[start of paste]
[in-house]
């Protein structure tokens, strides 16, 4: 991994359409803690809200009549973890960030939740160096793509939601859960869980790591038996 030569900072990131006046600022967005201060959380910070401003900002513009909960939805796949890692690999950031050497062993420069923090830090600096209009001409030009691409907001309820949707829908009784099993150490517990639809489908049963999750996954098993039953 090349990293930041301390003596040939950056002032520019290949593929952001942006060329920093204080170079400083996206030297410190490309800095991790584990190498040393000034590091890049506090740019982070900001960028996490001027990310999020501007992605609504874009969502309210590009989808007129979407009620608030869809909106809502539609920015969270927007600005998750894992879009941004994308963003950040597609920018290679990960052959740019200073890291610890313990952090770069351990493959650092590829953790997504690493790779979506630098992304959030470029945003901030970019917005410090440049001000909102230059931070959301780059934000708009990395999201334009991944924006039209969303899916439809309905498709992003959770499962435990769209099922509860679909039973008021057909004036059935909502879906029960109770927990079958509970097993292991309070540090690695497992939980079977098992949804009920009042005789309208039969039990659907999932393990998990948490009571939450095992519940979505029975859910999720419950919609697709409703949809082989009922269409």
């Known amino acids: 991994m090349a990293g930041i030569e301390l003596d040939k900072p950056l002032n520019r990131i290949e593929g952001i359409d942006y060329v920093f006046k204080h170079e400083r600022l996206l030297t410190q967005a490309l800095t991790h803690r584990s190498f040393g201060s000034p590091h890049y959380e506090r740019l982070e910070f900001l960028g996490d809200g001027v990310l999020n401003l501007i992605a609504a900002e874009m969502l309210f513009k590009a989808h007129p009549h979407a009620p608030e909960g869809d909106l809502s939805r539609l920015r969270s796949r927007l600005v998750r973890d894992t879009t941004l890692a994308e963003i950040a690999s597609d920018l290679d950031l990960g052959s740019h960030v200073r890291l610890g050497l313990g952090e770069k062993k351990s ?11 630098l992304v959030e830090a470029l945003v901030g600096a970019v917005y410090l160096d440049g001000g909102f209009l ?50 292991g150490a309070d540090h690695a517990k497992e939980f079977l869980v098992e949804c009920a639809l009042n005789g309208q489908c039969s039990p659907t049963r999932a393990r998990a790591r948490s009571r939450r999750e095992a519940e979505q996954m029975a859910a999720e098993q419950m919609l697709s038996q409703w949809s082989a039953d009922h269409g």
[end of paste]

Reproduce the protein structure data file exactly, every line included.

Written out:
[in-house]
């Protein structure tokens, strides 16, 4: 991994359409803690809200009549973890960030939740160096793509939601859960869980790591038996 030569900072990131006046600022967005201060959380910070401003900002513009909960939805796949890692690999950031050497062993420069923090830090600096209009001409030009691409907001309820949707829908009784099993150490517990639809489908049963999750996954098993039953 090349990293930041301390003596040939950056002032520019290949593929952001942006060329920093204080170079400083996206030297410190490309800095991790584990190498040393000034590091890049506090740019982070900001960028996490001027990310999020501007992605609504874009969502309210590009989808007129979407009620608030869809909106809502539609920015969270927007600005998750894992879009941004994308963003950040597609920018290679990960052959740019200073890291610890313990952090770069351990493959650092590829953790997504690493790779979506630098992304959030470029945003901030970019917005410090440049001000909102230059931070959301780059934000708009990395999201334009991944924006039209969303899916439809309905498709992003959770499962435990769209099922509860679909039973008021057909004036059935909502879906029960109770927990079958509970097993292991309070540090690695497992939980079977098992949804009920009042005789309208039969039990659907999932393990998990948490009571939450095992519940979505029975859910999720419950919609697709409703949809082989009922269409």
């Known amino acids: 991994m090349a990293g930041i030569e301390l003596d040939k900072p950056l002032n520019r990131i290949e593929g952001i359409d942006y060329v920093f006046k204080h170079e400083r600022l996206l030297t410190q967005a490309l800095t991790h803690r584990s190498f040393g201060s000034p590091h890049y959380e506090r740019l982070e910070f900001l960028g996490d809200g001027v990310l999020n401003l501007i992605a609504a900002e874009m969502l309210f513009k590009a989808h007129p009549h979407a009620p608030e909960g869809d909106l809502s939805r539609l920015r969270s796949r927007l600005v998750r973890d894992t879009t941004l890692a994308e963003i950040a690999s597609d920018l290679d950031l990960g052959s740019h960030v200073r890291l610890g050497l313990g952090e770069k062993k351990s ?11 630098l992304v959030e830090a470029l945003v901030g600096a970019v917005y410090l160096d440049g001000g909102f209009l ?50 292991g150490a309070d540090h690695a517990k497992e939980f079977l869980v098992e949804c009920a639809l009042n005789g309208q489908c039969s039990p659907t049963r999932a393990r998990a790591r948490s009571r939450r999750e095992a519940e979505q996954m029975a859910a999720e098993q419950m919609l697709s038996q409703w949809s082989a039953d009922h269409g």